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Characterization of vertigo and hearing loss in patients with Fabry disease

Research paper by Maria Köping, Wafaa Shehata-Dieler, Dieter Schneider, Mario Cebulla, Daniel Oder, Jonas Müntze, Peter Nordbeck, Christoph Wanner, Rudolf Hagen, Sebastian P. Schraven

Indexed on: 16 Aug '18Published on: 15 Aug '18Published in: Orphanet Journal of Rare Diseases



Abstract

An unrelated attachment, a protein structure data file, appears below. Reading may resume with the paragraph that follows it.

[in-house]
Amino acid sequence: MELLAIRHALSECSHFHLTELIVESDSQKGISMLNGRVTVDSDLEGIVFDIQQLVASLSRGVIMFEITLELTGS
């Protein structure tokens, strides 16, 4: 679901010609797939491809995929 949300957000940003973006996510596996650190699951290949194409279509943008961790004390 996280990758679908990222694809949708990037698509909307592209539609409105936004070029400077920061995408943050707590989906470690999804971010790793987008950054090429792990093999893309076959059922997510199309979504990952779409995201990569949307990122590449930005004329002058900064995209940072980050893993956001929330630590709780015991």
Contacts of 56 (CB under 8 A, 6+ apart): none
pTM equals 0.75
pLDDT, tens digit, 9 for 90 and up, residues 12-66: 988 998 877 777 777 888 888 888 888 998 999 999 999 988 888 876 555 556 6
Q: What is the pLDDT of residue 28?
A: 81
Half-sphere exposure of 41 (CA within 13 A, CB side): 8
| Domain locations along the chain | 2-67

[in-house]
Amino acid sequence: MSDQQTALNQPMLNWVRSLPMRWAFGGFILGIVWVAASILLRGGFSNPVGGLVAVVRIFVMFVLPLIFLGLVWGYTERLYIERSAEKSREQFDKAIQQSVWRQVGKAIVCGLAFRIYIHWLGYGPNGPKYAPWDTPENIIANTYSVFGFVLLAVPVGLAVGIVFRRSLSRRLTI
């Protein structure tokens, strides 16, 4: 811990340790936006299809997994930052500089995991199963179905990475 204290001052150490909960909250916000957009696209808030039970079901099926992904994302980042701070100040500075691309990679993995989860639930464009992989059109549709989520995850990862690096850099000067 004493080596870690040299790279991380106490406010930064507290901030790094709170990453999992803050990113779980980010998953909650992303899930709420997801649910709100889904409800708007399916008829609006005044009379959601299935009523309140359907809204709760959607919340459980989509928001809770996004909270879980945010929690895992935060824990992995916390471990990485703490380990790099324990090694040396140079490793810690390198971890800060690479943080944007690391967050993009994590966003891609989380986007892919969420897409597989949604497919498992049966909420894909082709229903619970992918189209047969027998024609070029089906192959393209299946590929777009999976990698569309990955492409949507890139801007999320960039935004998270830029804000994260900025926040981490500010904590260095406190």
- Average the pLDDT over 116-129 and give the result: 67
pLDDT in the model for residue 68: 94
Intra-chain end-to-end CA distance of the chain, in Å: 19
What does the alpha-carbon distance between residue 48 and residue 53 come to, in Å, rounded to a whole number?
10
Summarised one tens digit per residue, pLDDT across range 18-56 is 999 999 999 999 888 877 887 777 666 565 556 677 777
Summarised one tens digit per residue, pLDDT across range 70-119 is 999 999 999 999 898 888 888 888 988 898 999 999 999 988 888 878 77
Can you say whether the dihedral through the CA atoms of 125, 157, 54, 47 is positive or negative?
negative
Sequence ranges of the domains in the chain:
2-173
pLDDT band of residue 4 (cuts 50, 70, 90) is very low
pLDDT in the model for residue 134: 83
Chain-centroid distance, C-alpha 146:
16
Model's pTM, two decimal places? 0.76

Fabry Disease (FD) is an X-linked hereditary lysosomal storage disorder which leads to a multisystemic intralysosomal accumulation of globotriaosylceramid (Gb3). Besides prominent renal and cardiac organ involvement, patients commonly complain about vestibulocochlear symptoms like high-frequency hearing loss, tinnitus and vertigo. However, comprehensive data especially on vertigo remain scarce. The aim of this study was to examine the prevalence and characteristics of vertigo and hearing loss in patients with FD, depending on renal and cardiac parameters and get hints about the site and the pattern of the lesions.Single-center study with 57 FD patients. Every patient underwent an oto-rhino-laryngological examination as well as videonystagmography and vestibular evoked myogenic potentials (VEMPs) and audiological measurements using pure tone audiometry and auditory brainstem response audiometry (ABR). Renal function was measured by eGFR, cardiac impairment was graduated by NYHA class.More than one out of three patients (35.1%) complained about hearing loss, 54.4% about vertigo and 28.1% about both symptom. In 74% a sensorineural hearing loss of at least 25 dB was found, ABR could exclude any retrocochlear lesion. Caloric testing showed abnormal values in 71.9%, VEMPs were pathological in 68%. A correlation between the side or the shape of hearing loss and pathological vestibular testing could not be revealed.Hearing loss and vertigo show a high prevalence in FD. While hearing loss seems due to a cochlear lesion, peripheral vestibular as well as central nervous pathologies cause vertigo. Thus, both the site of lesion and the pathophysiological patterns seem to differ.